Whether you are here for the FIFA World Cup or have any other reason for visiting South Africa in winter, I hope to present you with some helpful travel hints and tips around different areas of the country. Now the whole world is visiting us, Hooray world cup. Last night Southafrica won France but still did not qualify for the second round. Ah well, we have enough other reasons to celebrate. So many people from all over the world have come, and they are realising that our country has much more to offer than township tours, Kruger Park and Table Mountains – although the latter two are definitely a sight worth seeing. Personally I am not a fan of township tours. In German magazines it’s always the same old, same old tone: Vibrant life in the ghettos, white Southafricans are dumb and don’t know what they are missing out. I personally know none of my black African friends (here in SA there are enough native white Africans as well, so the politically correct way of saying African friends is not specific enough) who enjoys that kind of publicity. They want to get out of the townships with their crimes, shabeens and daily male chauvinism displays. It’s never as simple as saying good black guys are poor, bad white guys are rich. Got quite a number of white friends who are barely scraping together a living, and several black friends who recently bought the nicest villas. All South Africans are very proud of their nation. Sometimes very ambivalentely so. We hate our country with a passion for its crime and corruption and high taxes. And we love it with a ridiculously blind love for its landscapes, rough humour, diversities and freedom.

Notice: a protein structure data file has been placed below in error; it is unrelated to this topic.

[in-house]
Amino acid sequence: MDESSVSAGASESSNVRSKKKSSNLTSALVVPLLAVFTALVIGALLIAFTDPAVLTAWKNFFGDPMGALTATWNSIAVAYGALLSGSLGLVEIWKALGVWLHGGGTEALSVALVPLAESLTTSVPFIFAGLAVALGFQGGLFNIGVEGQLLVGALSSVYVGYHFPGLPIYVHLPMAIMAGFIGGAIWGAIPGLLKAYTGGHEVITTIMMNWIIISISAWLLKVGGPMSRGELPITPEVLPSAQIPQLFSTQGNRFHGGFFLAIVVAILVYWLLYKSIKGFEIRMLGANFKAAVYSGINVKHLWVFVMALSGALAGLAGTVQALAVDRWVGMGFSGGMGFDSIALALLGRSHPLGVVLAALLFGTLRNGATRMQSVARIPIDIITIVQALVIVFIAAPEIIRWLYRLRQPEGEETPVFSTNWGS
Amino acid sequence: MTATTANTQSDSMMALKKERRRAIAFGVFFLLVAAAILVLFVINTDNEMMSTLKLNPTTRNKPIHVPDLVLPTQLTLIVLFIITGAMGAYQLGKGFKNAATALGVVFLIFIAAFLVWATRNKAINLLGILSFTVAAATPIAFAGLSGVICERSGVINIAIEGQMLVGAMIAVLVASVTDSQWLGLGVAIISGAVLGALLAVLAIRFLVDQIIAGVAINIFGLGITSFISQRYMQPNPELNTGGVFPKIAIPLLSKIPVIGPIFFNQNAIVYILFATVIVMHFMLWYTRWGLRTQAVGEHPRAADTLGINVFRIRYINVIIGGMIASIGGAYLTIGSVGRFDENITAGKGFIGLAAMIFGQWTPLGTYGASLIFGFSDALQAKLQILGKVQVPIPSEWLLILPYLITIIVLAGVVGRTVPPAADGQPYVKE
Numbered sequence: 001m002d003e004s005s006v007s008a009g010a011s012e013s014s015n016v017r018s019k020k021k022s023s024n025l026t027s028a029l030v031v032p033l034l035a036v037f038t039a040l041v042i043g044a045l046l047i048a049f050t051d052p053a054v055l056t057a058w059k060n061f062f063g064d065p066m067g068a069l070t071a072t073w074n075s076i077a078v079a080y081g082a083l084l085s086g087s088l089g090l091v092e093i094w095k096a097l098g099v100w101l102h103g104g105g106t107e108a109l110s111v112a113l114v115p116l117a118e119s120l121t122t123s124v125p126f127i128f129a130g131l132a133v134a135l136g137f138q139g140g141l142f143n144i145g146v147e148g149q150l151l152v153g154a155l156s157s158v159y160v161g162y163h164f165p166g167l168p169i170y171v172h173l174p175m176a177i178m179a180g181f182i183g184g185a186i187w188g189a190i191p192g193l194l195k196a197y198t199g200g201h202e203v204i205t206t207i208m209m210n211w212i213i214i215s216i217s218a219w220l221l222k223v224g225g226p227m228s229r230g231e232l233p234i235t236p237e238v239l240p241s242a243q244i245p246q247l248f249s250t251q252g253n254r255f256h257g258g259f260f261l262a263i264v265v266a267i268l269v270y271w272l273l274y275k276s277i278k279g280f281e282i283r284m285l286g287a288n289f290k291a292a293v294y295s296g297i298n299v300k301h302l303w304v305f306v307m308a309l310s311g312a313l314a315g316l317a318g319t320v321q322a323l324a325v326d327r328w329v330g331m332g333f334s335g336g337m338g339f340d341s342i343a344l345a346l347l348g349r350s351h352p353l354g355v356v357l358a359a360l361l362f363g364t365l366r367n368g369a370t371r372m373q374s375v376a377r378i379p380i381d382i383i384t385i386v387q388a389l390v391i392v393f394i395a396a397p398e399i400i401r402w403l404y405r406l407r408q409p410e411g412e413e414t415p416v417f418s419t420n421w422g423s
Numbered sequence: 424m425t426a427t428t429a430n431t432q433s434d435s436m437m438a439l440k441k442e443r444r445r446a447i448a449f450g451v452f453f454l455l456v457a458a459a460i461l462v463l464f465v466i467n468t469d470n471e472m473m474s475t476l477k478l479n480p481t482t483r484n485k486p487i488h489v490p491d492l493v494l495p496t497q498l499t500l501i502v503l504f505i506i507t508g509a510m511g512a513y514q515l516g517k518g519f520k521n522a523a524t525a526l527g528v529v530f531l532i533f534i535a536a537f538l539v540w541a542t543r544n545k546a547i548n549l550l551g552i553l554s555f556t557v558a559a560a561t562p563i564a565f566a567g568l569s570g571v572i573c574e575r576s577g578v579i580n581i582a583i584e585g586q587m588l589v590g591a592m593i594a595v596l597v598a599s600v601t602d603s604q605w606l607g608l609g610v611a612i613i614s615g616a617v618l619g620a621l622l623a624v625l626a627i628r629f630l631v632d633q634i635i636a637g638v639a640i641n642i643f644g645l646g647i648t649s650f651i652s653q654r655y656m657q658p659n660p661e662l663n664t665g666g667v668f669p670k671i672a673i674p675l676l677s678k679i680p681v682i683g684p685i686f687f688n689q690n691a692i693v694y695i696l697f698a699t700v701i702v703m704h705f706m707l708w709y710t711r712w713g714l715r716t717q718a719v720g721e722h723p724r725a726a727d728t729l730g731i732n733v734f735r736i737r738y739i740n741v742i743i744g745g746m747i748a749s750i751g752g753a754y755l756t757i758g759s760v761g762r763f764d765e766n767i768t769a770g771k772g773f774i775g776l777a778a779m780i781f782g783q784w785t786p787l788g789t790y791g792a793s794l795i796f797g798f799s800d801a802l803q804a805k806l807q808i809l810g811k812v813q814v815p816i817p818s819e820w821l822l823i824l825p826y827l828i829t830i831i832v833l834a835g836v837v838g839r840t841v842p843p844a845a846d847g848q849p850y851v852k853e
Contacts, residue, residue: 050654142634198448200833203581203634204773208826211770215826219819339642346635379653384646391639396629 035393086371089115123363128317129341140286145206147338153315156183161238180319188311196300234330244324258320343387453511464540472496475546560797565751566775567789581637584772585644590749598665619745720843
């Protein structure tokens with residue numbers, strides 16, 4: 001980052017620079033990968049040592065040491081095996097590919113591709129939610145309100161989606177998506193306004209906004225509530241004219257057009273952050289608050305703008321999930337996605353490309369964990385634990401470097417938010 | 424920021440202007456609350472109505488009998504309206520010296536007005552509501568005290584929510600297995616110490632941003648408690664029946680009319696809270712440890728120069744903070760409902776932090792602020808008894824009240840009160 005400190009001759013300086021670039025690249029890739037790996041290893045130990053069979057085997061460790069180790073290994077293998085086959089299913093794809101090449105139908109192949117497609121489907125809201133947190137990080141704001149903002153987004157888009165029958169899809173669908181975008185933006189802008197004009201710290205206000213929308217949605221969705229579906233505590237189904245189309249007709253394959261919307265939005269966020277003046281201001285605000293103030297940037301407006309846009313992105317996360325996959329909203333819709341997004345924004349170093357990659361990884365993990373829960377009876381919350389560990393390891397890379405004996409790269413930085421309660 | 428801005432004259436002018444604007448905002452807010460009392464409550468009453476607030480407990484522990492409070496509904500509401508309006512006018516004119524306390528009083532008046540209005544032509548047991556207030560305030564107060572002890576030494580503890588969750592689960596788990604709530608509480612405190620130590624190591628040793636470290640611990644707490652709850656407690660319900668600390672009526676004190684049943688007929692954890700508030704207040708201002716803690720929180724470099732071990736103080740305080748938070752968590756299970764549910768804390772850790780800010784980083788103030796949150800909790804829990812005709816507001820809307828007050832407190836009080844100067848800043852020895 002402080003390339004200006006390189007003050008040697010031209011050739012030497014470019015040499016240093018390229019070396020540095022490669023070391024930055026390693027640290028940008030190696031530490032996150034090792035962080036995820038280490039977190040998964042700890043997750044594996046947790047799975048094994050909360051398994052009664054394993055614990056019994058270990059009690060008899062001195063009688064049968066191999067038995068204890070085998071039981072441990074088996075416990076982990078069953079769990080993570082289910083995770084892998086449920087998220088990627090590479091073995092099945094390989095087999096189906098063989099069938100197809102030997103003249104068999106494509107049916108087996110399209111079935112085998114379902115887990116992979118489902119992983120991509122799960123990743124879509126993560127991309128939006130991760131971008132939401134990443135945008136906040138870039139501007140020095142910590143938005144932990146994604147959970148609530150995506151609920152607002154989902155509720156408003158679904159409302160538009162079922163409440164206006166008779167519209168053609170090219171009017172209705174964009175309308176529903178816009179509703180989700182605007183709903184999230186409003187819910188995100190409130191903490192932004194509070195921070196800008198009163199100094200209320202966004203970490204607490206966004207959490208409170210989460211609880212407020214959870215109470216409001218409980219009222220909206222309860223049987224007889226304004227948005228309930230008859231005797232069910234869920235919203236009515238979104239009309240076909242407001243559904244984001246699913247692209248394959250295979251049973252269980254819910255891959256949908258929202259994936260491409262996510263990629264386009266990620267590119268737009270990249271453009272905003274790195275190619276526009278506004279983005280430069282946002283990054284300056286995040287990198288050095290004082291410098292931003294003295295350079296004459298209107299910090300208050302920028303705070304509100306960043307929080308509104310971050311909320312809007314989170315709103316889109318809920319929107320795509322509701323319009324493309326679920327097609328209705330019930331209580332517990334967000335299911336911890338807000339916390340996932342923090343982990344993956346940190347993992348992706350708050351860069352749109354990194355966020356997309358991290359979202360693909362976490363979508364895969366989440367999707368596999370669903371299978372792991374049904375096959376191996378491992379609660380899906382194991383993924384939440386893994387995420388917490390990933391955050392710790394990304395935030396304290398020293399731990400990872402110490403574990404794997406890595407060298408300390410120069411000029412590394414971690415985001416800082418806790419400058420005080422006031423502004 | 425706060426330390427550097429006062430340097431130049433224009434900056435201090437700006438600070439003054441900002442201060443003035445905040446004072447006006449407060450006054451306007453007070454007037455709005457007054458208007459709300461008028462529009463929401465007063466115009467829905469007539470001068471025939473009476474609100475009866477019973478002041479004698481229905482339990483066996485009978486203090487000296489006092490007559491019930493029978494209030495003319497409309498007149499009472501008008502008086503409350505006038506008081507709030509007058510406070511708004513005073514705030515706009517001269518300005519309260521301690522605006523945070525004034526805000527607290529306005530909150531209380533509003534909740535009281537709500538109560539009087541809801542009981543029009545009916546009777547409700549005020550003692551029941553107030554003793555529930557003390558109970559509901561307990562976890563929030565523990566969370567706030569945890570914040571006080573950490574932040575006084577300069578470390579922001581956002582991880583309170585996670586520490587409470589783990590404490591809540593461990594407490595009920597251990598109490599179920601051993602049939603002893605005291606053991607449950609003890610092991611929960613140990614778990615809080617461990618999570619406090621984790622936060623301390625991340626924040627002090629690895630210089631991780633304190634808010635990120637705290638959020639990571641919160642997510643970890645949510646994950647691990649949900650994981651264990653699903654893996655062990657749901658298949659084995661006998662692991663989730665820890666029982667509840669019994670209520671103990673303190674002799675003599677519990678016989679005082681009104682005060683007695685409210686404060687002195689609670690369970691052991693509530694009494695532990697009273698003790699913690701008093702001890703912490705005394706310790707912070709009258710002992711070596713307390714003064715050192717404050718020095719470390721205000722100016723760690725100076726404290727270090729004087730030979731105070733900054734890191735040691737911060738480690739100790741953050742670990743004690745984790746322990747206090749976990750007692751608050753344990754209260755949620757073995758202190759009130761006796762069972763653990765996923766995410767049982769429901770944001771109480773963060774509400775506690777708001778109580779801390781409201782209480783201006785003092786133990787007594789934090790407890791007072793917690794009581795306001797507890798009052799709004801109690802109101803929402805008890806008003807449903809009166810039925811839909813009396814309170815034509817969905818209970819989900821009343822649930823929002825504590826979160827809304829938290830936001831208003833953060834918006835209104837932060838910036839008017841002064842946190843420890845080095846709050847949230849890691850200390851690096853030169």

But Southafrica is actually many different country in one. Staying up north in Limpopo right now, I am time and time again amazed when traveling at how different not only the climate and countryside but also the mentalities are in the different regions. The last two weeks we spent down in the Cape. My husband had some business there and in between appointments we got to travel about 1700 km around in the are. Here are some of the highlights for you – some maybe useful hints and tips for your own South African winter exploration. It can actually get much colder than what you expect, in the Cape we have minus degrees (Celsius) in winter and the houses are not insulated. Expect to wear a thick jacket in your living room at night and T-Shirts in the warm sun during the afternoons.